The AMU Team began four new tasks in this quarter: (1) began work to improve the AMU-developed tool that provides the launch weather officers information on peak wind speeds that helps them assess their launch commit criteria; (2) began updating lightning climatologies for airfields around central Florida. These climatologies help National Weather Service and Air Force forecasters determine the probability of lightning occurrence at these sites; (3) began a study for the 30th Weather Squadron at Vandenberg Air Force Base in California to determine if precursors can be found in weather observations to help the forecasters determine when they will get strong wind gusts in their northern towers; and (4) began work to update the AMU-developed severe weather tool with more data and possibly improve its performance using a new statistical technique. Include is a section of summaries and detail reporting on the quarterly tasks: (1) Peak Wind Tool for user Meteorological Interactive Data Display System (LCC), Phase IV, (2) Situational Lightning climatologies for Central Florida, Phase V, (3) Vandenberg AFB North Base Wind Study and (4) Upgrade Summer Severe Weather Tool Meteorological Interactive Data Display System (MIDDS).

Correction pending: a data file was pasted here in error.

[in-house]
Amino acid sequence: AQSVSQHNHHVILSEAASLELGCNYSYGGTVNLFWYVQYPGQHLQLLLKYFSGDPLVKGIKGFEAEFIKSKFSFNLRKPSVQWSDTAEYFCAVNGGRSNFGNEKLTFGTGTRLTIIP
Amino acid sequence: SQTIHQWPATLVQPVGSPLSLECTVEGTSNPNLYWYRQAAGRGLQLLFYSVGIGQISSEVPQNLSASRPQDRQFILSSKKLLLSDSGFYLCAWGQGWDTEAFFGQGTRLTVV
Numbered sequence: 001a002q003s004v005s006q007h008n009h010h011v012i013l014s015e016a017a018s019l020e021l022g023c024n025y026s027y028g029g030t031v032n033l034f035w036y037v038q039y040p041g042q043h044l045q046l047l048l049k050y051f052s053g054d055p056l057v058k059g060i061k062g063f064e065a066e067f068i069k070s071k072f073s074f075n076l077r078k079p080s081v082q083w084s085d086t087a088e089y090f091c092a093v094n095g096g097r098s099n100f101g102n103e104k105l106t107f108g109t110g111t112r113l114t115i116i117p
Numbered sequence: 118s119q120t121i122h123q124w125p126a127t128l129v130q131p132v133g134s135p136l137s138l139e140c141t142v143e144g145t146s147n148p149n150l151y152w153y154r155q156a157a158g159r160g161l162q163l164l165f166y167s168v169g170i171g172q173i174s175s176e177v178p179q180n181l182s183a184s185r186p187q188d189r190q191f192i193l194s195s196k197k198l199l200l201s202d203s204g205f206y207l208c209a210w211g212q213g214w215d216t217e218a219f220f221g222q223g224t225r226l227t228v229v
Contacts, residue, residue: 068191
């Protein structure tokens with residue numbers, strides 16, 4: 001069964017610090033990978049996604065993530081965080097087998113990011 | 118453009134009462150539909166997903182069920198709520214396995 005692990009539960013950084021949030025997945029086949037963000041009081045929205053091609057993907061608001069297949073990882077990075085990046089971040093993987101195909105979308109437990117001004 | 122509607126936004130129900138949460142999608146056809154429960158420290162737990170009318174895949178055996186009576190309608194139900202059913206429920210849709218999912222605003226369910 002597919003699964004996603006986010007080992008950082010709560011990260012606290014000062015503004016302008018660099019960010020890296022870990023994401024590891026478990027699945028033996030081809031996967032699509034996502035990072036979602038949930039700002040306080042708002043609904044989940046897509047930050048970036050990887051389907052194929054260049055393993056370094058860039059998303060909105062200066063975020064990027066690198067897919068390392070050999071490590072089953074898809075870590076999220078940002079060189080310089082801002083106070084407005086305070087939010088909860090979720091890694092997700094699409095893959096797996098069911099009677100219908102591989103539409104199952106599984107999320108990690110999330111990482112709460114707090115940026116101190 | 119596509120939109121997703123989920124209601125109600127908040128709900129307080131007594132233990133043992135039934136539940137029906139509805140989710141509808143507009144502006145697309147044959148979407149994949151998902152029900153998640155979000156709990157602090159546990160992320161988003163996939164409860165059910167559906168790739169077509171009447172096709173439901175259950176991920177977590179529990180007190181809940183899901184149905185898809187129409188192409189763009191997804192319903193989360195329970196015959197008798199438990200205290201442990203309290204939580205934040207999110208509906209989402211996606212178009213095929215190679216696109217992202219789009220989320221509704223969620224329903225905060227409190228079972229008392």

6. Meteorological Sensor Calibration Facility

    NASA Technical Reports Server (NTRS)

    Schmidlin, F. J.

    1988-01-01